“The inquiry process was allowed to become too legalistic and the advice of Elders and families was not respected.” — John Hanikenne, president of CIPS
The Coalition of Indigenous Peoples of Saskatchewan (CIPs) is calling for the commissioners of the National Inquiry into Missing and Murdered Indigenous Women and Girls to step aside for the good of the inquiry. The Coalition is an affiliate of the Congress of Aboriginal Peoples, a national organization representing off reserve First Nations and Métis peoples.
CIPs believes the inquiry is in serious trouble, saying it has failed and has developed a toxic relationship with families who have been re-traumatized.
“This National Inquiry is troubled and the commissioners must step aside for the good of the inquiry and the families involved,” said John Hanikenne, president of CIPS.
He goes on to say that the five commissioners have failed to carry out their responsibilities and the inquiry has become a boondoggle.
CIPS supports Hereditary Chief Bill Wilson, who in press accounts has called the national inquiry a “bloody farce” and for the replacement of the commissioners.
“We have great respect for Chief Bill Wilson and the moral authority that he carries,” said Kim Beaudin, vice chief of the Congress of Aboriginal Peoples and former president of CIPS.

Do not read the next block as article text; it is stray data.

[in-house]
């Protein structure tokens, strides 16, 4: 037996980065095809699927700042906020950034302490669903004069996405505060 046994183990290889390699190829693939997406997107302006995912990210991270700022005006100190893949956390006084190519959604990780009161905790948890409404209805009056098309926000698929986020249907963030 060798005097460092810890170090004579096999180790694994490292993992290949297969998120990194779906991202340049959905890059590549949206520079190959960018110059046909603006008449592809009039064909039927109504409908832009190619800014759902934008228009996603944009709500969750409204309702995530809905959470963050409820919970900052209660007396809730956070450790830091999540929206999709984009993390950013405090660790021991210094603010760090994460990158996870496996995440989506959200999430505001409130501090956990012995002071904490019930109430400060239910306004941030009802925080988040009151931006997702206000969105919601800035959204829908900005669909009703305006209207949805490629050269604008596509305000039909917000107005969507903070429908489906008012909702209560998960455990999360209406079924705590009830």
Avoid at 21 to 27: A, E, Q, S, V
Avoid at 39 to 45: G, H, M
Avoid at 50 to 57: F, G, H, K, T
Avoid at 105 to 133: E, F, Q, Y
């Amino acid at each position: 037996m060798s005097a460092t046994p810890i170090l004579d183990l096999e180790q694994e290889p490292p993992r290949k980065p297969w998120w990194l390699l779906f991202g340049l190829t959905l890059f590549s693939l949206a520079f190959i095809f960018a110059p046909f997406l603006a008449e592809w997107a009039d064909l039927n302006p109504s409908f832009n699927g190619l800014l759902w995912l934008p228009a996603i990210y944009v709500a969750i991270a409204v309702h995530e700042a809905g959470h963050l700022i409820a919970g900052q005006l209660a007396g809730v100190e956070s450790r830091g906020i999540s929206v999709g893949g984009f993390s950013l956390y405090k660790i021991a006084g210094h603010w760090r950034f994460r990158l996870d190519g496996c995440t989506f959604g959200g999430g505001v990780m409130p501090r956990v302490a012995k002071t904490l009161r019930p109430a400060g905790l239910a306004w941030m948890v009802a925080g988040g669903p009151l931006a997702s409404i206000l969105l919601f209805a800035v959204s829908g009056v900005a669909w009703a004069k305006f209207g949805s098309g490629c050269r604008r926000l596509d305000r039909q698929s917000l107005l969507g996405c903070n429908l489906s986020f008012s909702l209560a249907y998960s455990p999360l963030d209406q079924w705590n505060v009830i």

The commission has been ineffectual, reads a press statement from CIPs today, spending $5 million to date.
“The inquiry process was allowed to become too legalistic and the advice of Elders and families was not respected,” said Hanikenne.
The first family hearings for the inquiry began today in Whitehorse. While the commission has come under fire for delays and a lack of communication with the families of the murdered or missing, many still support the process, including Senator Lillian Dyck, who told Windspeaker recently “(People) just have to be patient… the Creator has a path and it is so hard (but) we need to trust that it will happen.”